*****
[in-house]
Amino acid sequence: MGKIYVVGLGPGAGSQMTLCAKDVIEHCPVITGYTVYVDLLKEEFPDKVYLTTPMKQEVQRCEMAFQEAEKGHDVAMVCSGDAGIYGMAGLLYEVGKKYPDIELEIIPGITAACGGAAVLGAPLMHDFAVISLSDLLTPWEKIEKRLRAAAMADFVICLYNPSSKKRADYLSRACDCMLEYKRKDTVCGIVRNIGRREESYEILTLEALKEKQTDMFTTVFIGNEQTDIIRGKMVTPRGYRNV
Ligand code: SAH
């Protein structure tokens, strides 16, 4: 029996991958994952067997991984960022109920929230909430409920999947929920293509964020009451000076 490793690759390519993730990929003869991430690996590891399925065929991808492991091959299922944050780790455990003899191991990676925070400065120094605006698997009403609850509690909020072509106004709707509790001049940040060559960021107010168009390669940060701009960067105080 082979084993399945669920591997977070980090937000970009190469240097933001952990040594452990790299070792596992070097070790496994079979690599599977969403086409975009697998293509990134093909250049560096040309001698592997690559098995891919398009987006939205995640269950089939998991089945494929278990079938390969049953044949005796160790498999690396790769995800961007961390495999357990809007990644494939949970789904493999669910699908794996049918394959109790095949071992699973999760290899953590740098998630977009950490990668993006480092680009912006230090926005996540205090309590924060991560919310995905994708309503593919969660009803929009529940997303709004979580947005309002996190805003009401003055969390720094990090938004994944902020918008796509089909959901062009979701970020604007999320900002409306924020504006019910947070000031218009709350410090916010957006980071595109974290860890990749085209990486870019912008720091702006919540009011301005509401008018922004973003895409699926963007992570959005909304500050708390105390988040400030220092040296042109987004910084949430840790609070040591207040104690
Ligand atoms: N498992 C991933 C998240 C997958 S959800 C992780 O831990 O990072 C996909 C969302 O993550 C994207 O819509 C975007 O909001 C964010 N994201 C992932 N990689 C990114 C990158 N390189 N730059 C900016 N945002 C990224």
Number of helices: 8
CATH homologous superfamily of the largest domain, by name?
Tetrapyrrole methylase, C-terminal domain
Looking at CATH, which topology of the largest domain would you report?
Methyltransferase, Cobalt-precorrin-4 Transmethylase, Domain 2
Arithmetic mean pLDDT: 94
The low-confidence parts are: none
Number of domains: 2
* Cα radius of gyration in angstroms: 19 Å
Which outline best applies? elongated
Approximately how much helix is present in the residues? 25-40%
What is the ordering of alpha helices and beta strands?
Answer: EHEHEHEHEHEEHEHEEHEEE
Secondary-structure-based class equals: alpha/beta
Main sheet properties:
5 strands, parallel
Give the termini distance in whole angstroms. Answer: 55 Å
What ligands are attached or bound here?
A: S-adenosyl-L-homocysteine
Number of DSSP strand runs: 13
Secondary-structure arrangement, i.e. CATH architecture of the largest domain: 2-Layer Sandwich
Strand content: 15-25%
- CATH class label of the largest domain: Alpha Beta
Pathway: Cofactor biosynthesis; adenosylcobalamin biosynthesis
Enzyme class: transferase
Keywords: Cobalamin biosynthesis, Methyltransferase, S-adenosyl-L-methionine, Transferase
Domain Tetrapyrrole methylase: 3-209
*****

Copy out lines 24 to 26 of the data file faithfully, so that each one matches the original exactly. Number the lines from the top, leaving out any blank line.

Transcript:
A: S-adenosyl-L-homocysteine
Number of DSSP strand runs: 13
Secondary-structure arrangement, i.e. CATH architecture of the largest domain: 2-Layer Sandwich